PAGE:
Molly, on the other hand, is so boring it’s almost remarkable. She’s very shy (which is fine! Her shyness is not the problem!), but her internal monologue is so whiny about her shyness and inability to not be shy that I found myself immediately disinterested in her character. The most interesting thing about her is her relationship with her mother (who was adopted from Korea) and the different ways the two of them approach their Asian heritage. We get one scene about it and then a few wrap-up lines, but it was an unsatisfying resolution to something I assume the authors care about deeply, or at least enough to have introduced it into the book in the first place.
Reader, it was boring, it was disjointed, and it could have been more. I hate saying anything negative about sapphic YA because there isn’t enough of it and it feels like the “bad” reviews are always the ones people use to justify not making more of it, but I do think that mediocre sapphic YA books should be labeled as such so that readers don’t feel like they need to romanticize their experience with a book that, at its core, is incredibly mid.
Title/Author/Artist: Stone Fruit by Lee Lai
Summary: Bron and Ray are a queer couple who enjoy their role as the fun weirdo aunties to Ray’s niece, six-year-old Nessie. Their playdates are little oases of wildness, joy, and ease in all three of their lives, which ping-pong between familial tensions and deep-seated personal stumbling blocks. As their emotional intimacy erodes, Ray and Bron isolate from each other and attempt to repair their broken family ties — Ray with her overworked, resentful single-mother sister and Bron with her religious teenage sister who doesn’t fully grasp the complexities of gender identity. Taking a leap of faith, each opens up and learns they have more in common with their siblings than they ever knew.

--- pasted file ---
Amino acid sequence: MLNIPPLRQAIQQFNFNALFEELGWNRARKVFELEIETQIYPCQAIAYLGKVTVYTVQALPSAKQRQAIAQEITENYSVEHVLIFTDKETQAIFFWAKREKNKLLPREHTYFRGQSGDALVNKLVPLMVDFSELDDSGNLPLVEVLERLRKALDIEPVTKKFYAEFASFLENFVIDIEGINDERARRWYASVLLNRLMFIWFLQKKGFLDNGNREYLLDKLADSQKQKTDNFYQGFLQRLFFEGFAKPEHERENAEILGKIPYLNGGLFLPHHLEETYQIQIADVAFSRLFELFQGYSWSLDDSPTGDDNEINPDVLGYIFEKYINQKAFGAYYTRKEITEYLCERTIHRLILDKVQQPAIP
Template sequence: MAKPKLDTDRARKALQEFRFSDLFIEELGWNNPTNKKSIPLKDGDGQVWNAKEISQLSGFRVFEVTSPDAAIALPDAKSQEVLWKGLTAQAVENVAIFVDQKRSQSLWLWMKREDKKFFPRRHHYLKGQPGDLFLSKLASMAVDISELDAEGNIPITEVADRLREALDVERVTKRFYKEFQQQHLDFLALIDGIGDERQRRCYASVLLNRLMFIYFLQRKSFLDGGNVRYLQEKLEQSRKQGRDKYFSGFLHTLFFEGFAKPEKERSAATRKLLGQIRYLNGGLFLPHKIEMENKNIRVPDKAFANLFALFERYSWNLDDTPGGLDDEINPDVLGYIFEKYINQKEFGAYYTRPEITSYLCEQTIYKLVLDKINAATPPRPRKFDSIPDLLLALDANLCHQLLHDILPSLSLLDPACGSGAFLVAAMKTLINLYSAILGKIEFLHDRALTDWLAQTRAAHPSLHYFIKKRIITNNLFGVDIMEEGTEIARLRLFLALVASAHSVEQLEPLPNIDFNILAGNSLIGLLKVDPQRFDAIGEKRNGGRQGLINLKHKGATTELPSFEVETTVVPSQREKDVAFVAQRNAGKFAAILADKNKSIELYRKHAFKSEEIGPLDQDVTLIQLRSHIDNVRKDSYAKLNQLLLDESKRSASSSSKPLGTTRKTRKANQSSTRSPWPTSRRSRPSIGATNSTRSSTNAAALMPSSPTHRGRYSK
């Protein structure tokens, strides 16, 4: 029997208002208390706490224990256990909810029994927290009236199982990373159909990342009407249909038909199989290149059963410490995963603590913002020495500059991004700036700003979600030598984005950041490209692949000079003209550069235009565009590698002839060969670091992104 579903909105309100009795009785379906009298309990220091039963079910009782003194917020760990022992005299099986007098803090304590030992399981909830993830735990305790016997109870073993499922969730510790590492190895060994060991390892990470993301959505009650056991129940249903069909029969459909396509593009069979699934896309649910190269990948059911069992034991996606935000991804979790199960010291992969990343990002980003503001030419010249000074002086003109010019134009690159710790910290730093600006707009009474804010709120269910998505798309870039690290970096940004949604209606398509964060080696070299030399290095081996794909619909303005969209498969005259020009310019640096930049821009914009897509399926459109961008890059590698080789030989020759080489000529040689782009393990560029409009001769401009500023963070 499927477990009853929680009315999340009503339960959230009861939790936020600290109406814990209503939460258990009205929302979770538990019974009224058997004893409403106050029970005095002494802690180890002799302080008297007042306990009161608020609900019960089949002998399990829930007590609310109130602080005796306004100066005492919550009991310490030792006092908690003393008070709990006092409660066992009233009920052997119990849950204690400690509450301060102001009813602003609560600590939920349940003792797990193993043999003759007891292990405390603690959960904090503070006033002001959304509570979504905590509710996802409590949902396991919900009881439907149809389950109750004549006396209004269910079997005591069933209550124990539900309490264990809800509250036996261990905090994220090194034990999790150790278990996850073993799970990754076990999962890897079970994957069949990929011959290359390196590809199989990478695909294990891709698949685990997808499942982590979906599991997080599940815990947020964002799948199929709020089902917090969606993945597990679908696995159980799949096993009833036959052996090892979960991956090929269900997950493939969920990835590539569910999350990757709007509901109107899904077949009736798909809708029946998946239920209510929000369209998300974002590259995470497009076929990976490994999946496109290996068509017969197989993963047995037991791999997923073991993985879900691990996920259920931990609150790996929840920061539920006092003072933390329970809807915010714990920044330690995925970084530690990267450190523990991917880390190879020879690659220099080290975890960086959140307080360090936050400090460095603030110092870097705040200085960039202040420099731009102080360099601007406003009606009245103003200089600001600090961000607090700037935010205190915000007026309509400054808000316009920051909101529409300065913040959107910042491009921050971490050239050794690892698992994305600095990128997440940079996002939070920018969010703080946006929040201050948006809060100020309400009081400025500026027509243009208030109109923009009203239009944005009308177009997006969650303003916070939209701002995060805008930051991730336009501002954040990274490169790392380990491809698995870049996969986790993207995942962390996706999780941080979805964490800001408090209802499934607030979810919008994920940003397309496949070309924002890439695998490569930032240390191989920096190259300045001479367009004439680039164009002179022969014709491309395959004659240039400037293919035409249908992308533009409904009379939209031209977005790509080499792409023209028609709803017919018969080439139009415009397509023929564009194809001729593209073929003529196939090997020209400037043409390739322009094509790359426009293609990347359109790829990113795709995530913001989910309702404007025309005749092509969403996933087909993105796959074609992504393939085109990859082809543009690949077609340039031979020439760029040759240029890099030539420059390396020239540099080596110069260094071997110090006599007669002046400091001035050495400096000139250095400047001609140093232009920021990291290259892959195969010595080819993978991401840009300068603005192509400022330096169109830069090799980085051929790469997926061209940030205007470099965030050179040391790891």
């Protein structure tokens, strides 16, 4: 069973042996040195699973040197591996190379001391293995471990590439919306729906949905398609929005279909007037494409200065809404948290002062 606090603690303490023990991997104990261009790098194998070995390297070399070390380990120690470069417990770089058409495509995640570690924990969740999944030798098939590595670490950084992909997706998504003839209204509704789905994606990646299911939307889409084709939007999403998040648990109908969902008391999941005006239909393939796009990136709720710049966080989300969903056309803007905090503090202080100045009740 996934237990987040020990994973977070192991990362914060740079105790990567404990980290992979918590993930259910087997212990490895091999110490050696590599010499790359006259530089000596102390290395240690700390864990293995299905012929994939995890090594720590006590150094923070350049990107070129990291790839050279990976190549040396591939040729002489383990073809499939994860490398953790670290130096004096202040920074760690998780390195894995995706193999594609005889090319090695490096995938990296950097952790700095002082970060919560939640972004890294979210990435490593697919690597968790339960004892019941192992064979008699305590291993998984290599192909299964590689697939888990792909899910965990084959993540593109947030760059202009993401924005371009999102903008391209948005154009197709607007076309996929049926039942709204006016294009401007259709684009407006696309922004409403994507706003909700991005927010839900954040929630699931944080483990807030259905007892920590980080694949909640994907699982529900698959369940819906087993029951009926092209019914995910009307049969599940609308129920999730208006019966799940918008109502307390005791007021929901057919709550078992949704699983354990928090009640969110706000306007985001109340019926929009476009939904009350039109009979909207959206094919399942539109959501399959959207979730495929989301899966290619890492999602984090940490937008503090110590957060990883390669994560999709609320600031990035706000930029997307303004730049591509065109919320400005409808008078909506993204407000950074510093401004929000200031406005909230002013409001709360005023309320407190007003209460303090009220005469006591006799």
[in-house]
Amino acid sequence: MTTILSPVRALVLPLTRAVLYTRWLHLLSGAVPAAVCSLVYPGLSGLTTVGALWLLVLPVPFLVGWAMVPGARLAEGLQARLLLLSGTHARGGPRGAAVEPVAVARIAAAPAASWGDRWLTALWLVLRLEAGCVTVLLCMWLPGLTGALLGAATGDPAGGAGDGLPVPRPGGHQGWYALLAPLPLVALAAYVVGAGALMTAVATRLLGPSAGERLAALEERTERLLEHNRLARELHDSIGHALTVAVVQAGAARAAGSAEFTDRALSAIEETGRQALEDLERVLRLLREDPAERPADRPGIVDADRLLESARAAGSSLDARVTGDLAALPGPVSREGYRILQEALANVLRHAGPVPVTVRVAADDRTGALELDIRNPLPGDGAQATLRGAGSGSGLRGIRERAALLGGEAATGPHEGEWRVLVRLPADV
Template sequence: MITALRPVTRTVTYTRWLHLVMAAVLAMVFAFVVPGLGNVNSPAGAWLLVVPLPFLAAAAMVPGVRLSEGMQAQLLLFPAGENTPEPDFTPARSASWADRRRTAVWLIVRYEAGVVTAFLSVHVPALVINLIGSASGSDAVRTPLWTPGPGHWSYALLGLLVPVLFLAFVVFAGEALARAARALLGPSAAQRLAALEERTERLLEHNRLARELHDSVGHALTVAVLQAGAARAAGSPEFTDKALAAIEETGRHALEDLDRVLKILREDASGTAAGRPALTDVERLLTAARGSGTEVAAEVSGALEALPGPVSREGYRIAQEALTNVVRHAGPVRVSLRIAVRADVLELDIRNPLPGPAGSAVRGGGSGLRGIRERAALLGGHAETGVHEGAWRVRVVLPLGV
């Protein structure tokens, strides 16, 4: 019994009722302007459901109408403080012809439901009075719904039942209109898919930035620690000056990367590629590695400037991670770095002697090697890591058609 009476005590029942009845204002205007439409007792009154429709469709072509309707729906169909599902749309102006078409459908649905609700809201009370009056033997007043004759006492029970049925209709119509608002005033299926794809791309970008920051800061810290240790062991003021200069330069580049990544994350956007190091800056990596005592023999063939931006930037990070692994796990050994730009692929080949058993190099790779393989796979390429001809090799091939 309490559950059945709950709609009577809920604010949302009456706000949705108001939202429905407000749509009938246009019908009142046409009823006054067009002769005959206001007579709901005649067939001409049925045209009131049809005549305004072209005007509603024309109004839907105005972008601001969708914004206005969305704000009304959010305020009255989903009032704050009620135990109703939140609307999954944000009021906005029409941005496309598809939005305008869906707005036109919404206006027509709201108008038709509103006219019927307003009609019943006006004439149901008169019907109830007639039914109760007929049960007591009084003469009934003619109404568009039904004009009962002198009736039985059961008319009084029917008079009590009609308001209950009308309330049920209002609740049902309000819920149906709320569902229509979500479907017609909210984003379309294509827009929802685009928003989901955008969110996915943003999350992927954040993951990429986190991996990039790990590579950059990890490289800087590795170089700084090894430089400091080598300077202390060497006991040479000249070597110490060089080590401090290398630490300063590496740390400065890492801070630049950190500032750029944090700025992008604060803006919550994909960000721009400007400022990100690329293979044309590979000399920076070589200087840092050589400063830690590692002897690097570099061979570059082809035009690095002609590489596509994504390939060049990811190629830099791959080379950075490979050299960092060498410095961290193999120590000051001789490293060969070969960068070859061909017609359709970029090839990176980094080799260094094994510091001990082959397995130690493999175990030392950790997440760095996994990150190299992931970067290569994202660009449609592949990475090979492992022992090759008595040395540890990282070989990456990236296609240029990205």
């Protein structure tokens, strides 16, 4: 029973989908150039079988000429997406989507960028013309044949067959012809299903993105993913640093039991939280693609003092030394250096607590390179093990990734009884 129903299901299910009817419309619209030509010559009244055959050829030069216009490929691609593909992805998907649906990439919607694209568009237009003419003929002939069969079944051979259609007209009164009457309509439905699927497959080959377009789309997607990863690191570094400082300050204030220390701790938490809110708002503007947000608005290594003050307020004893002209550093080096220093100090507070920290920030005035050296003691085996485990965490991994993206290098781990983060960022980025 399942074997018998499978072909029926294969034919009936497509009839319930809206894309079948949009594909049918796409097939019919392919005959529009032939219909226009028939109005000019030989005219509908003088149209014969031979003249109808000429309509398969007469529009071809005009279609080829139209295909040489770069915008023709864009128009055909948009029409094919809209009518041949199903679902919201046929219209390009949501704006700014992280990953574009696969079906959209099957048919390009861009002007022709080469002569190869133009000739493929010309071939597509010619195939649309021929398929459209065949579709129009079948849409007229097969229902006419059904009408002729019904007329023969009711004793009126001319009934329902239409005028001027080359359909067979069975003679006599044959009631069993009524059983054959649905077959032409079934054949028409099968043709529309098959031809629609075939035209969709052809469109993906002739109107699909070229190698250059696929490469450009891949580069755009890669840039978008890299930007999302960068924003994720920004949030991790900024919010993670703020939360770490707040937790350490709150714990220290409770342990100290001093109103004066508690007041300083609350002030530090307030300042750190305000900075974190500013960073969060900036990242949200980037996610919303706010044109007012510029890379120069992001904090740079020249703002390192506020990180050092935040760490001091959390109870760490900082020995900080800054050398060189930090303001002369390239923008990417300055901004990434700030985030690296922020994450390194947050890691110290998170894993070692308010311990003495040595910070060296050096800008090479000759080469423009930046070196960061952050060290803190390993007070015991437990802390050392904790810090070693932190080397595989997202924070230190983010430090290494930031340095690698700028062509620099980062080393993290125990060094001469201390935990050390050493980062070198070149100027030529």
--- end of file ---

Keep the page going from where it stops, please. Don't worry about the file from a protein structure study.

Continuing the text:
Genre/Sub-Genre: Graphic Novel
Book Format: Print
Length: 236 pages
LGBTQ+ Orientation: Transgender and lesbian
Content Warnings: Depression, religious conservativism, transphobia, heterosexism
Well-Written/Editor Needed: Well-written
Art/Illustrations: Unique and well-done. I like how the art changes when Ray, Bron, and Nessie are in “feral play” outdoors and that the characters are drawn as real people with weight around their middles.
Would I Recommend?: Yes
Personal thoughts: This is a very realistic story of two women, Bron (Trans, white) and Ray (cis, Chinese), falling apart due to personal problems and issues with their respective families. Bron’s family doesn’t understand her and are not supportive of her need to be herself and to move away in order to make that happen. Meanwhile Ray clashes with her sister over babysitting duties for Nessie.
I appreciated the number of times all Bron could say was “I don’t know” whenever Ray asked if she was okay. How many times do we not know what’s happening in our own heads? And how hard is it to hear “I don’t know” from a loved one when all we want are answers to the million questions? When Bron steps away from her relationship and shared apartment with Ray to sort things out with her family, it’s not easy on either of them and Lai explores that quite well here.